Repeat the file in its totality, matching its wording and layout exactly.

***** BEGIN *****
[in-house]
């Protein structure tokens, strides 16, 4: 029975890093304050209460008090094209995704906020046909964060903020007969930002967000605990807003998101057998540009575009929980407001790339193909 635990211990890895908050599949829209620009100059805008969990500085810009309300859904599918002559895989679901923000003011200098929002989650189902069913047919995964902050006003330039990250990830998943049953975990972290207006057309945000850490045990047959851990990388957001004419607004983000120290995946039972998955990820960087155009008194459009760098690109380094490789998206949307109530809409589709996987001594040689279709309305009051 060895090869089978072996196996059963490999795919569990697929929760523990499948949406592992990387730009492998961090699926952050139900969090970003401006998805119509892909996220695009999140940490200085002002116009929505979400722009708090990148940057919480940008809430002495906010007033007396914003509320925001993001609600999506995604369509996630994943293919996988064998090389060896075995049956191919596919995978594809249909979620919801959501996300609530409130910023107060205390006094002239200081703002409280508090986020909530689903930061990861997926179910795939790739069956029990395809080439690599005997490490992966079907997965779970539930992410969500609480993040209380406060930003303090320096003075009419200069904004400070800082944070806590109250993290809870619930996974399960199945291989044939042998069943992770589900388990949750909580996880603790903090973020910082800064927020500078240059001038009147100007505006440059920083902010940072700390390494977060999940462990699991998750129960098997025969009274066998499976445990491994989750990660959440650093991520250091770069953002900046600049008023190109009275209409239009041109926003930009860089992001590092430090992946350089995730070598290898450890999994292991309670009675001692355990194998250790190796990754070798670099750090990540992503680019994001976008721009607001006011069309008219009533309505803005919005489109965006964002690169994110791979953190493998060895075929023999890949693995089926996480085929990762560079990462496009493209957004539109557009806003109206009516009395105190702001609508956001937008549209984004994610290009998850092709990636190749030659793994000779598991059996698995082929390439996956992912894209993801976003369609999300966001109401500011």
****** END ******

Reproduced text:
[in-house]
């Protein structure tokens, strides 16, 4: 029975890093304050209460008090094209995704906020046909964060903020007969930002967000605990807003998101057998540009575009929980407001790339193909 635990211990890895908050599949829209620009100059805008969990500085810009309300859904599918002559895989679901923000003011200098929002989650189902069913047919995964902050006003330039990250990830998943049953975990972290207006057309945000850490045990047959851990990388957001004419607004983000120290995946039972998955990820960087155009008194459009760098690109380094490789998206949307109530809409589709996987001594040689279709309305009051 060895090869089978072996196996059963490999795919569990697929929760523990499948949406592992990387730009492998961090699926952050139900969090970003401006998805119509892909996220695009999140940490200085002002116009929505979400722009708090990148940057919480940008809430002495906010007033007396914003509320925001993001609600999506995604369509996630994943293919996988064998090389060896075995049956191919596919995978594809249909979620919801959501996300609530409130910023107060205390006094002239200081703002409280508090986020909530689903930061990861997926179910795939790739069956029990395809080439690599005997490490992966079907997965779970539930992410969500609480993040209380406060930003303090320096003075009419200069904004400070800082944070806590109250993290809870619930996974399960199945291989044939042998069943992770589900388990949750909580996880603790903090973020910082800064927020500078240059001038009147100007505006440059920083902010940072700390390494977060999940462990699991998750129960098997025969009274066998499976445990491994989750990660959440650093991520250091770069953002900046600049008023190109009275209409239009041109926003930009860089992001590092430090992946350089995730070598290898450890999994292991309670009675001692355990194998250790190796990754070798670099750090990540992503680019994001976008721009607001006011069309008219009533309505803005919005489109965006964002690169994110791979953190493998060895075929023999890949693995089926996480085929990762560079990462496009493209957004539109557009806003109206009516009395105190702001609508956001937008549209984004994610290009998850092709990636190749030659793994000779598991059996698995082929390439996956992912894209993801976003369609999300966001109401500011």